New loneliness figures warn of continuing impact from Covid-19 on levels of loneliness across Britain

New analysis of loneliness data by the Campaign to End Loneliness published today found that:

  • Levels of loneliness across Britain have still not returned to pre-Covid levels
  • 3.3 million people (6.3%) said they were ‘chronically lonely’ during Sept-Nov 2021, when lockdown restrictions had eased
  • Younger people (16-29 years) were more likely to report feeling lonely than older people

Further loss of socialising caused by the pandemic would have a seismic impact on levels of loneliness across Great Britain, according to the Campaign to End Loneliness.  

The loneliness organisation revealed today,  in new analysis of loneliness data from the Office for National Statistics, that even despite the easing of lockdown restrictions earlier in the year, Covid-19 already continues to have a massive impact on levels of loneliness, which means 3.3 million people (6.3%) continuing to say that they are ‘chronically lonely’ and feel lonely often or always between Sept-Nov 2021.  

The figures also demonstrated that levels of loneliness continue to be higher than before Covid-19 and that in recent months: – 

  • Younger people aged between 16-29 years were most likely to say they were lonely often or always. Reports of chronic loneliness went down significantly with age: 9% of those aged 16-29 reported chronic loneliness compared to 4% of those people aged over 70
  • More women than men are likely to report that they had experienced some feelings of loneliness (56% of women compared to 43% of men surveyed). Women were significantly more likely to report feeling lonely some of the time/occasionally than men. 

Robin Hewings, Programme Director of the Campaign to End Loneliness said: 

“These figures highlight that even when restrictions lift – our feelings of loneliness  do not quickly go back to normal. Loneliness can have a hugely damaging impact on our mental and physical health. Chronic loneliness is hard to get out of and it will take time and support for people to recover and rebuild their social connections up again.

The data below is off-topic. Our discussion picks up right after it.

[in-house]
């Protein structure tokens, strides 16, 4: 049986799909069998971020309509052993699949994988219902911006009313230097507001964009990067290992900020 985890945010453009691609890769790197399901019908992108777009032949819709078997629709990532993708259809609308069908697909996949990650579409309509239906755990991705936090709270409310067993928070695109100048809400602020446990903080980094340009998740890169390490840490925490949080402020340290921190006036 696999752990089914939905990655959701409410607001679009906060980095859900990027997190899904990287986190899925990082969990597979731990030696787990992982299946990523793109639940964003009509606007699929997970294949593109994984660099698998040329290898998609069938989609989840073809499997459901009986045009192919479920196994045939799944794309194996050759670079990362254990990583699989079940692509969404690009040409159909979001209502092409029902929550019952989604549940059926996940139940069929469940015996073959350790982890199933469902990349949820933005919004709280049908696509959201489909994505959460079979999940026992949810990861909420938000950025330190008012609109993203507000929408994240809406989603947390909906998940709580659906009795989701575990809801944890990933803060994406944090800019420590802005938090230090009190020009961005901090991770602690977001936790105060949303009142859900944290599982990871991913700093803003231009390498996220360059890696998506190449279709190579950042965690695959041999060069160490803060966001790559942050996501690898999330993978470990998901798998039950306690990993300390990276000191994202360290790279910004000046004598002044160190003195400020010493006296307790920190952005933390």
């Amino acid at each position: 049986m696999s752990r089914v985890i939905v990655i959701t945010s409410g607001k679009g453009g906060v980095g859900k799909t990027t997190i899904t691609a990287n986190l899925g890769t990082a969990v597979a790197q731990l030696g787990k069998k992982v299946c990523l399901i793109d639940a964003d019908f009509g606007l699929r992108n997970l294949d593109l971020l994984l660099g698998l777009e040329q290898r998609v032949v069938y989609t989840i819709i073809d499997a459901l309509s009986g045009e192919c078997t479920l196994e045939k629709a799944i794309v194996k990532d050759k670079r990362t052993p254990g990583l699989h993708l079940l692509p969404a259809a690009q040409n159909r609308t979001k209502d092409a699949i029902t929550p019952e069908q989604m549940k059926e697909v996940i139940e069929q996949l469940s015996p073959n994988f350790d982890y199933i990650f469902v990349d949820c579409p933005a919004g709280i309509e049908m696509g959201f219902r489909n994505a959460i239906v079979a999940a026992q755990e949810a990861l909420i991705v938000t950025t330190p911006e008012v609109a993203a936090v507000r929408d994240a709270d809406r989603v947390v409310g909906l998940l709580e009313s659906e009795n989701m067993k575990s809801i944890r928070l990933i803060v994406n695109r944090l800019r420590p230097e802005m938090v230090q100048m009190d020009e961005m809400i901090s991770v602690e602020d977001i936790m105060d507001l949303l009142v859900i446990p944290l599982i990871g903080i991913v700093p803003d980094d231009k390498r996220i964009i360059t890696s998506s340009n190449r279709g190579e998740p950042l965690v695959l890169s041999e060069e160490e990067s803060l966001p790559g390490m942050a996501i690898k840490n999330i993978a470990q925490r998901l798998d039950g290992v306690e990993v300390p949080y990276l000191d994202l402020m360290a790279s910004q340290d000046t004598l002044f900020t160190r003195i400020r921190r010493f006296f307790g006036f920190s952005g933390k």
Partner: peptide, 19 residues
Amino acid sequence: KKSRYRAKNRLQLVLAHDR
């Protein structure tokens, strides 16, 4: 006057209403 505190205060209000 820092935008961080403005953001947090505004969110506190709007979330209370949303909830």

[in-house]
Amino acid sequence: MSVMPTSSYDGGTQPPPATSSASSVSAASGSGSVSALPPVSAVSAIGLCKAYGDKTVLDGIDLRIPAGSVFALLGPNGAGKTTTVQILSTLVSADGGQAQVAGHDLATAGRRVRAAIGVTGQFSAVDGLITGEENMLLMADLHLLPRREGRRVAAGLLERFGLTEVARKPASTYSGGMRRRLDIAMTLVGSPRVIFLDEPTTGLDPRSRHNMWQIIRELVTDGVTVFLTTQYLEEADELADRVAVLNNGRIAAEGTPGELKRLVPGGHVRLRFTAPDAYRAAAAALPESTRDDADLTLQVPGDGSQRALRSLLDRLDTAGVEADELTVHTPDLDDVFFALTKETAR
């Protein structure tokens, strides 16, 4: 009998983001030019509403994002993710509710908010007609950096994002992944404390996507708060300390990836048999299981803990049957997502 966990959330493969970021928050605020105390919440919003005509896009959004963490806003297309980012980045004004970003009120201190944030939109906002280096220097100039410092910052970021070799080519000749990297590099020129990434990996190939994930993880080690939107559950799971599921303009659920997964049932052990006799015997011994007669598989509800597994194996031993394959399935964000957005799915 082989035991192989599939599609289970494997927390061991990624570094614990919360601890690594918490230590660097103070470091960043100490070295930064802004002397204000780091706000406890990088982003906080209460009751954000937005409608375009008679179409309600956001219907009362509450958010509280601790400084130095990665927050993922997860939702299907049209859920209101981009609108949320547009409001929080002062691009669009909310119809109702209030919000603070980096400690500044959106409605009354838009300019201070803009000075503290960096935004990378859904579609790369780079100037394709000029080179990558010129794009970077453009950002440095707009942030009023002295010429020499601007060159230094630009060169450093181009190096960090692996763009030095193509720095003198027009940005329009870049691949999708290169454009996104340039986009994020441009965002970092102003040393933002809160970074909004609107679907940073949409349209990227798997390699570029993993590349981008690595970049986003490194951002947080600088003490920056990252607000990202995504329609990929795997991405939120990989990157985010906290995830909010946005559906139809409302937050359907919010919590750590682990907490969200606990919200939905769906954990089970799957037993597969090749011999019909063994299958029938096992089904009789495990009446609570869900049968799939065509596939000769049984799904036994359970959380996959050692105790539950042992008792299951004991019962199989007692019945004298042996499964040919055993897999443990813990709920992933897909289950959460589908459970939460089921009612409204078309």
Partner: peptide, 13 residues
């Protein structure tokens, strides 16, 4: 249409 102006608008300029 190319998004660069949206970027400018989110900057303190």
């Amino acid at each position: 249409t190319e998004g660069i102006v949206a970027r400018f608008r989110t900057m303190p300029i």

“Concerted action will be needed – from national Governments, charities, local government and communities to put in place the structures and support that is needed to alleviate the impact of loneliness on our mental wellbeing. As individuals, we can also reach out to families and friends who we think may be lonely too.  

“Particular groups such as young people,  those living alone and people in more deprived communities will also need particular targeted support to help them ‘bounce back’ from the impact of Covid-19 on their social networks. 

“As the Omicron variant seems likely to reduce our ability to meet people, we may see levels of loneliness rise once again with serious impact on our mental wellbeing.“

Notes to editors

Analysis of the data was carried in early December 2021 to responses from the ONS Opinions and Lifestyle Survey over two time periods June – August and September-November 2021 a representative sample of people aged 16 and over in Great Britain. 

In comparison with previous ONS figures: Between  April and May 2020, 5.0% of people (about 2.6 million adults) said that they felt lonely “often” or “always”.  From October 2020 to February 2021, the proportion increased to 7.2% of the adult population (about 3.7 million adults).

Acknowledgements to Office for National Statistics for access to their Opinions and Lifestyle Survey data

Analysis of data was carried out by Heather Mcclelland, consultant researcher to the Campaign to End Loneliness 

Loneliness beyond Covid-19 was published by the Campaign to End Loneliness in July 2021 provides more information and insight into the experience of loneliness during and after Covid-19.